Under N.J.S.A. 2C:25-26a, when police respond to a domestic violence complaint, they may seize weapons that would expose the victim to risk of serious bodily injury. This includes handguns, shotguns, automatic weapons, bows and arrows, hunting rifles, BB guns, pellet guns, air rifles, antique firearms and rifles, and antique swords. Even if a restraining order is dismissed, weapons can still be seized if the court finds that the owner poses a threat to a person or the public.
Burt appealed the decision, but the NJ Supreme Court Appellate Division ultimately held that the WWII M1 carbine could not be returned, as it falls under the definition of an assault firearm, which is illegal to possess under New Jersey law.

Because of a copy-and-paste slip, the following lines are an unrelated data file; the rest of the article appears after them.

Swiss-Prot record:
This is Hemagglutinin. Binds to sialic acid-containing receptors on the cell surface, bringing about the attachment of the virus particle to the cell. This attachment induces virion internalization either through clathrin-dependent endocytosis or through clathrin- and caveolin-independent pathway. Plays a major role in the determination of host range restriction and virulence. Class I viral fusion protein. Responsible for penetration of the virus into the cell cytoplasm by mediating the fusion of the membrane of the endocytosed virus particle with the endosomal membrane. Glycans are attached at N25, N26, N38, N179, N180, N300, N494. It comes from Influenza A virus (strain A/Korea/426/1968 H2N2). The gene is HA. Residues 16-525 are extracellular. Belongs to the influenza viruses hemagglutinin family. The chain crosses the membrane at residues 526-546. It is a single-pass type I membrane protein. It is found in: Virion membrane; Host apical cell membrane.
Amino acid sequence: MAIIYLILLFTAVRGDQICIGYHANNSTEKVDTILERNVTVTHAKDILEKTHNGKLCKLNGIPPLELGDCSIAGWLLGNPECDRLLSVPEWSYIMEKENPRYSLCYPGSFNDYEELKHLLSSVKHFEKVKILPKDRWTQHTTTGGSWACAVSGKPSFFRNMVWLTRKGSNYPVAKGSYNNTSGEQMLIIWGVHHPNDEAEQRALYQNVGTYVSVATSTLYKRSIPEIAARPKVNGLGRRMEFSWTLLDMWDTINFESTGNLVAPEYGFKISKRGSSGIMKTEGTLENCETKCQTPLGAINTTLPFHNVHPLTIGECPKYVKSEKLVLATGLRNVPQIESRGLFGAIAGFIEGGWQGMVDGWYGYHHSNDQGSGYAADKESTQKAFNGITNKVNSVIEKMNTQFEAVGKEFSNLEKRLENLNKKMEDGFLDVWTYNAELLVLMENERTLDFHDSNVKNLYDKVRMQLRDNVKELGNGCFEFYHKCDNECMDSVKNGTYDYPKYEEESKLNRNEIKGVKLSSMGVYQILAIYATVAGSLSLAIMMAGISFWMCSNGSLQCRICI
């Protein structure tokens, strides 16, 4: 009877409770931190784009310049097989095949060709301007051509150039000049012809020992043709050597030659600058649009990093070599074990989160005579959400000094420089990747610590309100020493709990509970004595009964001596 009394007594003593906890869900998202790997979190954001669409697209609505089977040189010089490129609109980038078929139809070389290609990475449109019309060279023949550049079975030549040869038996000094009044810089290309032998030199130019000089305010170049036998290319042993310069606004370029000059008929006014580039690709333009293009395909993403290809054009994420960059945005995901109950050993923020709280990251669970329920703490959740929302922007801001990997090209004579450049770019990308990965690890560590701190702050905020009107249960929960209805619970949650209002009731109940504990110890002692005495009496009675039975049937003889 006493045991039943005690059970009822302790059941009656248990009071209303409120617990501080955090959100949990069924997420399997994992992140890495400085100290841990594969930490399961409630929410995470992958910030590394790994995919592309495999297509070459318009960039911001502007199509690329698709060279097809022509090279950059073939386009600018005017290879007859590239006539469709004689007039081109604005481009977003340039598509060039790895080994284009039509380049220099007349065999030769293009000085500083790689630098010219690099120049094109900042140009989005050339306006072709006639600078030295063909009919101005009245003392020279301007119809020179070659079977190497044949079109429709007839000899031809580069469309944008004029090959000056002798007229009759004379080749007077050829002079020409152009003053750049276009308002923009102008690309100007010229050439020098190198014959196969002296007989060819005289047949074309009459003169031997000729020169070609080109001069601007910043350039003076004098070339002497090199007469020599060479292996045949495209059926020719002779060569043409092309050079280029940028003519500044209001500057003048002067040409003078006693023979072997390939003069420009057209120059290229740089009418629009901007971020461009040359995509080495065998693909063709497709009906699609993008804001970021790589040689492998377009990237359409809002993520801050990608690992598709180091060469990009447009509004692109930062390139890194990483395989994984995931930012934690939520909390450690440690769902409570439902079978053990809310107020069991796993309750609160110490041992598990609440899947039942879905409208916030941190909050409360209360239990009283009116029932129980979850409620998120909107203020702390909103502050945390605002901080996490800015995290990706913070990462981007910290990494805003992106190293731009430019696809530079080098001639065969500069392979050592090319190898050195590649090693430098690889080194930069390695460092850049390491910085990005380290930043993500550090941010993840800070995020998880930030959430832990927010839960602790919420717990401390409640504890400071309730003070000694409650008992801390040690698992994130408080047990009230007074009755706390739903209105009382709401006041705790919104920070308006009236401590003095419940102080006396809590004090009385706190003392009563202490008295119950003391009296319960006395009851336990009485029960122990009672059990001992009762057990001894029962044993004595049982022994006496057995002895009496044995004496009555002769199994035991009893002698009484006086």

“Burt claimed the rifle had considerable sentimental value to him, and that he had no knowledge as to whether the gun was operable,” the decision states. In response, the court offered its sympathy but reiterated that the rifle is illegal to own under the circumstances.
Gun rights advocates argue that the statute requiring surrender of firearms for those with a restraining order infringes on Second Amendment rights. However, supporters of the law insist that this is not a gun rights issue, but a necessary means to keep guns away from individuals who have a propensity for violence towards a particular person or group.
If someone is seeking a restraining order against you or you already have one imposed against you and want to have it removed, contact Rosenblum Law at 888-815-3649. It is crucial for you to hire an attorney to protect your legal rights as soon as possible.